So much so, that I was caught out on Twitter 'calling out' a group of Scottish supporters for singing about hating England - in fact, I jumped in two-footed and said it was deplorable.


It was then pointed out to me A) the account it came from had a less than savoury reputation, was less than trustworthy and had a seemingly singular intent to inflame and, B) the entire context was missing (it was football fans singing in jest with a drink in them).


Now, one thing I do stand by is the use of 'hate'. That's just personal preference, I don't want my kids standing next to me supporting our country singing about hating another, but I let this emotion run away with me and judged a whole people-group, missing the key information. So aye, my bad, sorry.


What I mean to say is, if I do understand football rivalry, and can still miss this and get caught up in judgmentalism of my fellow-fan from time to time, then what hope do the folks who don't care about football (ordinarily) have, when they see Scots with Italian flags etc.


If they fail to understand the context, they'll condemn and get offended by sporting rivalries they previously have never cared about, and never will again.

Hyperbole is rife in sports, in football, and with football fans.


The WhatsApp groups containing my best friends straddle those rivalries consistently, without damage, and with appropriate patter and nuance. It's wonderfully petty. It's frighteningly nonsensical. We probably wouldn't share it with anyone, and almost always have notifications on mute so our kids don't see. Basically, we are self-aware enough to know how ridiculous it is, and wouldn't have it any other way.


Maybe you're the same? In fact, if you're a football fan, I know you probably are. It really is just footballing rivalry. Occasionally, however, like I said above, it can cause us to hold onto that identity a bit too fiercely, and miss the facts.


In other words, if we read too much into our club/national identities and rivalries, we can slip into missing what can be learned from a look at our rivals, especially if they're succeeding.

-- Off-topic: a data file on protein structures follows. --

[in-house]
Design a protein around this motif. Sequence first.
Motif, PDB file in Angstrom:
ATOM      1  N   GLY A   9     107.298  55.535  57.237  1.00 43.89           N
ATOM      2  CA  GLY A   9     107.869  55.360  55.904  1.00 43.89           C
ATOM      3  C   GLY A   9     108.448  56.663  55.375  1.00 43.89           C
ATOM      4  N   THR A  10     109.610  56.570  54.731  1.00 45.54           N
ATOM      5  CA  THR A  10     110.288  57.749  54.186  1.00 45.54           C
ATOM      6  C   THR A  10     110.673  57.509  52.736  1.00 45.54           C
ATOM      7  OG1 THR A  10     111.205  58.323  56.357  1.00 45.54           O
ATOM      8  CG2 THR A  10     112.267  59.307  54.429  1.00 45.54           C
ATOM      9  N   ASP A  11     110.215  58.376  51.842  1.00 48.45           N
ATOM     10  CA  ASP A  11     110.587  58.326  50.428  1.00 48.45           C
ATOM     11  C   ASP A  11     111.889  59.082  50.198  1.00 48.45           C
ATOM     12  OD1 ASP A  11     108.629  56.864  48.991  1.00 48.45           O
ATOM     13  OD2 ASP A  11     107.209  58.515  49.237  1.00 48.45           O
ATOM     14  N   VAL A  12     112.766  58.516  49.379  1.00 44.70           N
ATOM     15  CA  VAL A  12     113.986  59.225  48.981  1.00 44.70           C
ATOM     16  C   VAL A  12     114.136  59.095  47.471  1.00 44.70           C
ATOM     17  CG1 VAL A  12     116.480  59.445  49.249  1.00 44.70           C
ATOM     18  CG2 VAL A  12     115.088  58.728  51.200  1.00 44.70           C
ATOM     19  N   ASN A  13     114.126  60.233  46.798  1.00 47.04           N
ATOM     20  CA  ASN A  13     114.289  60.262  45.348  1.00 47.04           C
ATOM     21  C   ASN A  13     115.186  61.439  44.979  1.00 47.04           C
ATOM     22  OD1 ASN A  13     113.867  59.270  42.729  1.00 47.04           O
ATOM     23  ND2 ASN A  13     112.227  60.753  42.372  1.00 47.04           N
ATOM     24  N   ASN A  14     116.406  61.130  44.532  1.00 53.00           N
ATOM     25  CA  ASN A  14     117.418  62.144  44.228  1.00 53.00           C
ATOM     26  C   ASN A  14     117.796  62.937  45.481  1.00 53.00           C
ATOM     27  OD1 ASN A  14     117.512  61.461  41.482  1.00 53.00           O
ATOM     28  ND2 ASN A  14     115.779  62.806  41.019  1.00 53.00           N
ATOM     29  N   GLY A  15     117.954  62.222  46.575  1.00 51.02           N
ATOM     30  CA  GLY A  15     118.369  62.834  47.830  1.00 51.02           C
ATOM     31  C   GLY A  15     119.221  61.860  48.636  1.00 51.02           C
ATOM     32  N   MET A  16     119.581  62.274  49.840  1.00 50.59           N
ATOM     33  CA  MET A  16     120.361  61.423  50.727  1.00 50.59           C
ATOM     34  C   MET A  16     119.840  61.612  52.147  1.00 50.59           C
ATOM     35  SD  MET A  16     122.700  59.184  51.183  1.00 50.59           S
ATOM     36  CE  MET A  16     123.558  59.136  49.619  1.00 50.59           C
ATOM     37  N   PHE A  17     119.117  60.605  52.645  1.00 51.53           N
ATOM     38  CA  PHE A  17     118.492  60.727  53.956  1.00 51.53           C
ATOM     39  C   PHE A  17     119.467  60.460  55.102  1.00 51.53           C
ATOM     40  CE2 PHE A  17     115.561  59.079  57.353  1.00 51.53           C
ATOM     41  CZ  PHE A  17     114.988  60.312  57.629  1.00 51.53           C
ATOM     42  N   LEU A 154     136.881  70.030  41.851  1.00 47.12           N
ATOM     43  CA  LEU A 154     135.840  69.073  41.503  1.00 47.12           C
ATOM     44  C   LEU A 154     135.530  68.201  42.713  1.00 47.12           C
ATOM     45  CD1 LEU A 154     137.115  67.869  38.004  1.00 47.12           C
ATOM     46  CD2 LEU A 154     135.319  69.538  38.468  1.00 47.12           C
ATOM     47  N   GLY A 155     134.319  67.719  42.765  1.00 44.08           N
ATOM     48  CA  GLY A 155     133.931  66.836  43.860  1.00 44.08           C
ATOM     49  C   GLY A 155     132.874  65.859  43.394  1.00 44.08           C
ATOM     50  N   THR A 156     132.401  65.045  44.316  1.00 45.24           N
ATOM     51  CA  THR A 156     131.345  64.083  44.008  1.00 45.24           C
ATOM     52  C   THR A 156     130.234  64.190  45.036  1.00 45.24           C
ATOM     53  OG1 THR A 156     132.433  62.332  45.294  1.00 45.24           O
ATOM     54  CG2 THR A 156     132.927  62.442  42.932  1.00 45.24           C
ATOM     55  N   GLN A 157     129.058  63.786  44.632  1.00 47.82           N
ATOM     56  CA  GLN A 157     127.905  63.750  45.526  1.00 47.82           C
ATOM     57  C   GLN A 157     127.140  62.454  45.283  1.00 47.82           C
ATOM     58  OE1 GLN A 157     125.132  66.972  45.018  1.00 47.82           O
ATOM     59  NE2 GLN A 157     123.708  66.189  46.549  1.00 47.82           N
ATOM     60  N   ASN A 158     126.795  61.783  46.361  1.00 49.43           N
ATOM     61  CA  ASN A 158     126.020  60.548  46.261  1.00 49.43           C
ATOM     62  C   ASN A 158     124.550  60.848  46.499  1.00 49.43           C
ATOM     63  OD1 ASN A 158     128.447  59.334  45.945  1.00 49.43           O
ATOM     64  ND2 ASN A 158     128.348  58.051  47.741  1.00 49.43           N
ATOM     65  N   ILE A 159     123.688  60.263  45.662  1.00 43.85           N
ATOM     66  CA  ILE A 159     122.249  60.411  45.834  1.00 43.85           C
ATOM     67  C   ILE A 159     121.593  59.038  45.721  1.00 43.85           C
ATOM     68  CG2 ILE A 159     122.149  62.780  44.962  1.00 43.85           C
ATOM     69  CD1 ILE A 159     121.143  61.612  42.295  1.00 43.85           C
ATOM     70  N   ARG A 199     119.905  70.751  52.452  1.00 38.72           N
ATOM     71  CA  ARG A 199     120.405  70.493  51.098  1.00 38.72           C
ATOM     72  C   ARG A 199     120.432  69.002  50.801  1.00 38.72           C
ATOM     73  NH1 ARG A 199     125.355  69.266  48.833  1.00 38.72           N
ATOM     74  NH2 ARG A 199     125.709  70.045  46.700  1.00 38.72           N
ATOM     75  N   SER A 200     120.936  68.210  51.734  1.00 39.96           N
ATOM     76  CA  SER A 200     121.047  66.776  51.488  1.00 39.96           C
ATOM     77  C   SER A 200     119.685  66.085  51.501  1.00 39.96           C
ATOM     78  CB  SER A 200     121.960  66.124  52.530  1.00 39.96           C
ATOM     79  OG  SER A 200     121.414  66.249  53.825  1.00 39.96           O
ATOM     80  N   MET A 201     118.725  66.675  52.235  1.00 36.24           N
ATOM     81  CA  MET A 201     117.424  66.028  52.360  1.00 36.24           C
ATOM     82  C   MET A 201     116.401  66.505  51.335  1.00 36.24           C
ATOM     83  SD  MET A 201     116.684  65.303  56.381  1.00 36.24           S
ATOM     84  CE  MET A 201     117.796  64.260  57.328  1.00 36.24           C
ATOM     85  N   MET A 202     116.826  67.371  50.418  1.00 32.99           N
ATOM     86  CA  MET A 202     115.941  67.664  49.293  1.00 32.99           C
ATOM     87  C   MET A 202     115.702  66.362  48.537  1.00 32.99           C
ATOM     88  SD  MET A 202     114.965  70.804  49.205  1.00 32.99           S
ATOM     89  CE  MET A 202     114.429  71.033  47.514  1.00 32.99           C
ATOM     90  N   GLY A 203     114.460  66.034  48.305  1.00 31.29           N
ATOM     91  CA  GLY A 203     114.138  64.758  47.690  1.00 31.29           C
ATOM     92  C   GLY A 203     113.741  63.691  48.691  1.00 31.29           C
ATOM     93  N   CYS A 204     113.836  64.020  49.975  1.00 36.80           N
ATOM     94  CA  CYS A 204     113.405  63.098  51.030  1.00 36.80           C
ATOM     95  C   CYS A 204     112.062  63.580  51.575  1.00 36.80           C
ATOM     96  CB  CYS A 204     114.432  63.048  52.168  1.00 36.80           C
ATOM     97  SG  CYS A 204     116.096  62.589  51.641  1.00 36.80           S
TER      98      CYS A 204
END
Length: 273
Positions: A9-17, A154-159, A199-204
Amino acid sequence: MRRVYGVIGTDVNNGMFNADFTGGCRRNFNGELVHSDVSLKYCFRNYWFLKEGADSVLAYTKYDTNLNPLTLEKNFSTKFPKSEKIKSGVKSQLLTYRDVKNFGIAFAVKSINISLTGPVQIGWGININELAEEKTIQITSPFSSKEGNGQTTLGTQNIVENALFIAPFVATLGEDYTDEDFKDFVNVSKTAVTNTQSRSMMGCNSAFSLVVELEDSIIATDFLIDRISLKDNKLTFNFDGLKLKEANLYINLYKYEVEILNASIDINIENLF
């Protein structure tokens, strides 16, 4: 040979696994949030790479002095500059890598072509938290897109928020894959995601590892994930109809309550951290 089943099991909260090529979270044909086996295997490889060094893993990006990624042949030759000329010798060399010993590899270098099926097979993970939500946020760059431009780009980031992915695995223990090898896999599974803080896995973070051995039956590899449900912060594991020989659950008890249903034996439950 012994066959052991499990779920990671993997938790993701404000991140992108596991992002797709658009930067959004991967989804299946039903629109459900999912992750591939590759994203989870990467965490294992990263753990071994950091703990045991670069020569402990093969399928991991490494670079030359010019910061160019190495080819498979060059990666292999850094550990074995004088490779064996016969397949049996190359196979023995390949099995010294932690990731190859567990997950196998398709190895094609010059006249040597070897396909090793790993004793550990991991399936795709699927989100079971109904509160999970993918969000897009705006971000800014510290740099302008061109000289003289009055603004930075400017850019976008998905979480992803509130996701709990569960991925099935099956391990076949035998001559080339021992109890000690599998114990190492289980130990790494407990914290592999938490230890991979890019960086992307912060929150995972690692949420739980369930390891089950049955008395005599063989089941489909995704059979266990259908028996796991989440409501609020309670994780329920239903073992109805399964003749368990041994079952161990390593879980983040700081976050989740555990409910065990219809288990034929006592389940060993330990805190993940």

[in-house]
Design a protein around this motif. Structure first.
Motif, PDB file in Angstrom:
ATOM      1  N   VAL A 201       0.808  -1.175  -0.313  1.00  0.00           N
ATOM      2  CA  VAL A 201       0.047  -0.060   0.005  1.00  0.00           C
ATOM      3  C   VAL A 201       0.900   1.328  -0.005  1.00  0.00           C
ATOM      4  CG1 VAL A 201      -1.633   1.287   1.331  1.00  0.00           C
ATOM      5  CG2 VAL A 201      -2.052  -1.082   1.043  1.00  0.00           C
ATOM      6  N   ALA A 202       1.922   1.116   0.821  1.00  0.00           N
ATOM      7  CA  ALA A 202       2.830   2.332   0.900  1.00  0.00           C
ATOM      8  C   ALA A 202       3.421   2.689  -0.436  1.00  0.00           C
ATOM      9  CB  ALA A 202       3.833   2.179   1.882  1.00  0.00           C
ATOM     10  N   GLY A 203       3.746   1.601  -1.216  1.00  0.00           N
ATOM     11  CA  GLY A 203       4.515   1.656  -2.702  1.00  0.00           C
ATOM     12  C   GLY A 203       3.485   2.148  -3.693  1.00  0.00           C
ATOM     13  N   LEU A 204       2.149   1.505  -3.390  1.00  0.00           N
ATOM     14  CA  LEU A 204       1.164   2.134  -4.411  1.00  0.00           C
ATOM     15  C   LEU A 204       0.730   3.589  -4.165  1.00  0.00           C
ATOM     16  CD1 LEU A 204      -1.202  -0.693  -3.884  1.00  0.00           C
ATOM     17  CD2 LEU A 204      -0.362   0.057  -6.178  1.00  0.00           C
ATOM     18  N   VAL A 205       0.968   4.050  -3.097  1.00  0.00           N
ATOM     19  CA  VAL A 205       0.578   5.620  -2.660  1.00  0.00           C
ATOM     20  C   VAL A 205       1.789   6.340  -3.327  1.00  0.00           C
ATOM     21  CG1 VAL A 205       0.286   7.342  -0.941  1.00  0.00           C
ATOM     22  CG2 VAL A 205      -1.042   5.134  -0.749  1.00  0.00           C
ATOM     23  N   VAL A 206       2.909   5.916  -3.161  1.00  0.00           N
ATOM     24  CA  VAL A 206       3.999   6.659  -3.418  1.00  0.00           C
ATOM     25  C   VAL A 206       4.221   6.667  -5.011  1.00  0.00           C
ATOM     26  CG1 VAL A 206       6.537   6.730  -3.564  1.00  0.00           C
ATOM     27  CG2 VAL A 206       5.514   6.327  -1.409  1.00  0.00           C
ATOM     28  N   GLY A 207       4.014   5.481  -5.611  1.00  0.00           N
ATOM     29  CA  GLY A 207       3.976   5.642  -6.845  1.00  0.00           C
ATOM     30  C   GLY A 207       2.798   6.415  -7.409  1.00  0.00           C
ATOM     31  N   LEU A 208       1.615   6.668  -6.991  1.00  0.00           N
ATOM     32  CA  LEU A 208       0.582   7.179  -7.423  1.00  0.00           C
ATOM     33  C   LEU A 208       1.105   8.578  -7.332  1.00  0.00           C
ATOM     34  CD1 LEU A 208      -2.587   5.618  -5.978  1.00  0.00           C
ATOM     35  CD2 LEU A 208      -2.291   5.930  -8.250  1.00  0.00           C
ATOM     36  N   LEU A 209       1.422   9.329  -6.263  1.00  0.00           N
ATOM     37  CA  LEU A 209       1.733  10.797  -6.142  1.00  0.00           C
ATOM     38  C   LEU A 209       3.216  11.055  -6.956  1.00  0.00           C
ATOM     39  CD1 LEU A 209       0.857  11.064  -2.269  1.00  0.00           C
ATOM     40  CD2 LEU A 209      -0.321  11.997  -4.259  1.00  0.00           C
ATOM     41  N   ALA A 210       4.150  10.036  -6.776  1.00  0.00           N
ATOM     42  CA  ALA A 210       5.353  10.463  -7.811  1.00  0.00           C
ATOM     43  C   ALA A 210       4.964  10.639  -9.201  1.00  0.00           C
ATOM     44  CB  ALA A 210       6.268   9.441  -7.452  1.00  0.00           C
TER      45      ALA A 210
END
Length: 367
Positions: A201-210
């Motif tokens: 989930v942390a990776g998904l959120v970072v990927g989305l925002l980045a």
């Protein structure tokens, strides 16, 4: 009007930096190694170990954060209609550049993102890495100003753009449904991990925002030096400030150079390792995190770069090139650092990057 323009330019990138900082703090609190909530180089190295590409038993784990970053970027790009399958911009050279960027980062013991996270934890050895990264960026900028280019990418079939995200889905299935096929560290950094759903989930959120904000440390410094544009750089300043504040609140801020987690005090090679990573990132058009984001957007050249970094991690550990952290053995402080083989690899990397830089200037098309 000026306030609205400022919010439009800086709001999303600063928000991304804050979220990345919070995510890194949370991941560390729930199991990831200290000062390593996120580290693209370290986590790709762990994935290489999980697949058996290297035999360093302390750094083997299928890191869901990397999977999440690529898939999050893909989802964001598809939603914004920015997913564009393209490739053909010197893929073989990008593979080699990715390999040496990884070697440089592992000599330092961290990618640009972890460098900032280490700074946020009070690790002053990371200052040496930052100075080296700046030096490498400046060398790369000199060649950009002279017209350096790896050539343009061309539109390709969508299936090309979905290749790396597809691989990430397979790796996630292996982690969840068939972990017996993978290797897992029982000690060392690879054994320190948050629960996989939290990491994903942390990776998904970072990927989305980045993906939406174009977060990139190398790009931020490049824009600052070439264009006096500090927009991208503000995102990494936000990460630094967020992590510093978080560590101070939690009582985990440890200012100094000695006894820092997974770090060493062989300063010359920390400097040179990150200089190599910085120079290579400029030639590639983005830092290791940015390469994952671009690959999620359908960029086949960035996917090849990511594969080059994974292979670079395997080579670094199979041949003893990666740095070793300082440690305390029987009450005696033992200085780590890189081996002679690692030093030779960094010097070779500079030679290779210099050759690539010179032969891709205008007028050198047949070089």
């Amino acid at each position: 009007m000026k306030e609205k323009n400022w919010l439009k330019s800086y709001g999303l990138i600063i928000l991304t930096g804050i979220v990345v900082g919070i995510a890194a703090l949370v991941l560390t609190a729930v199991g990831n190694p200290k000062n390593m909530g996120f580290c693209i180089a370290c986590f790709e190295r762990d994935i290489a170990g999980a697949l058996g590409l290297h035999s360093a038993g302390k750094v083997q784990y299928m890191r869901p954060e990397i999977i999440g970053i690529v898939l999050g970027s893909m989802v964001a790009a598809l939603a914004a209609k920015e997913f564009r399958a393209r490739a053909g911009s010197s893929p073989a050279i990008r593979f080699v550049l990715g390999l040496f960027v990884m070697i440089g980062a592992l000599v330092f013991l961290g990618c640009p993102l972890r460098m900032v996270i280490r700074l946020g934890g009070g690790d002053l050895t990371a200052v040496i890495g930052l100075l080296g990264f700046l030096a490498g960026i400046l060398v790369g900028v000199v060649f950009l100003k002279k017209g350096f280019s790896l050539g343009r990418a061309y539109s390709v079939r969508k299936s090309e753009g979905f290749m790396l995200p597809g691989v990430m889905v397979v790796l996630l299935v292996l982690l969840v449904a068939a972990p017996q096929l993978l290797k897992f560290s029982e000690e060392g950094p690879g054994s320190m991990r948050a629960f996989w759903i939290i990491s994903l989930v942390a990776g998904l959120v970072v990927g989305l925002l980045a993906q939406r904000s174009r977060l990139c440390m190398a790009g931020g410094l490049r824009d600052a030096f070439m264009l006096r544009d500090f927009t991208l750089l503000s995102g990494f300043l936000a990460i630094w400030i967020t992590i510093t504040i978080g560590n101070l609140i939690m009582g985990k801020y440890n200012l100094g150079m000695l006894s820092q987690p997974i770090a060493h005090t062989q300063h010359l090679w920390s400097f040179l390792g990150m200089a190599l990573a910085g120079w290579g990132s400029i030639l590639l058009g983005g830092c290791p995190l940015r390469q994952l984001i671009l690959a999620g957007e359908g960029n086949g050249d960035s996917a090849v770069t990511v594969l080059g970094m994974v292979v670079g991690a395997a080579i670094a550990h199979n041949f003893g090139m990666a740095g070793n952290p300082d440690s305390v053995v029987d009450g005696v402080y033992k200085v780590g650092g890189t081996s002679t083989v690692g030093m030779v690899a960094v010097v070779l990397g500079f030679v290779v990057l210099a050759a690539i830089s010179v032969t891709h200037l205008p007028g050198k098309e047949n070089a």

That's what we're talking about now.


Scotland didn't turn up at the Euros. We didn't turn up. That's what hurts the most.


Okay, we played out our skins at Wembley, edged it, and maybe should've won but for an excellent Pickford save, a goal-line clearance and Ché Adams missed chances.


But we didn't win our two home games, and to be honest, never looked liked winning them.


This is a problem. This is reality. This is the first station en route to growth; recognising where you are.


England also started the tournament slowly and unconvincingly, in fact, they were outraged at their performance against us. They knew they'd dodged a bullet. So how have they gone from looking second best in their own patch, against their auldest rivals, to where they are now, on the verge of history?


We can track this through a case study of one of their best players this tournament, Luke Shaw.


That Shaw is one of the top peforming players at Euro 2020 is surprising, particularly when you consider that he didn't play against Croatia and that in his first start, Stephen O'Donnell played better than him on his side of the pitch at Wembley.


He's been a divisive player for a few reasons, and for a few seasons, with one aspect being that he plays for Manchester United, and English fans historically used to hate Manchester United, particularly when Fergie was winning everything. (See Beckham's castigation after WC '98.)


Fast-forward to the hyperbolic Shawberto Carlos and you'll see backlash from some Liverpool (and Scotland) fans posting the all too familiar image of 'Robertson's worst season vs. Shaw's best'; a classic move of bitter whataboutery which is wonderfully representative of the footballing rivalry stated above.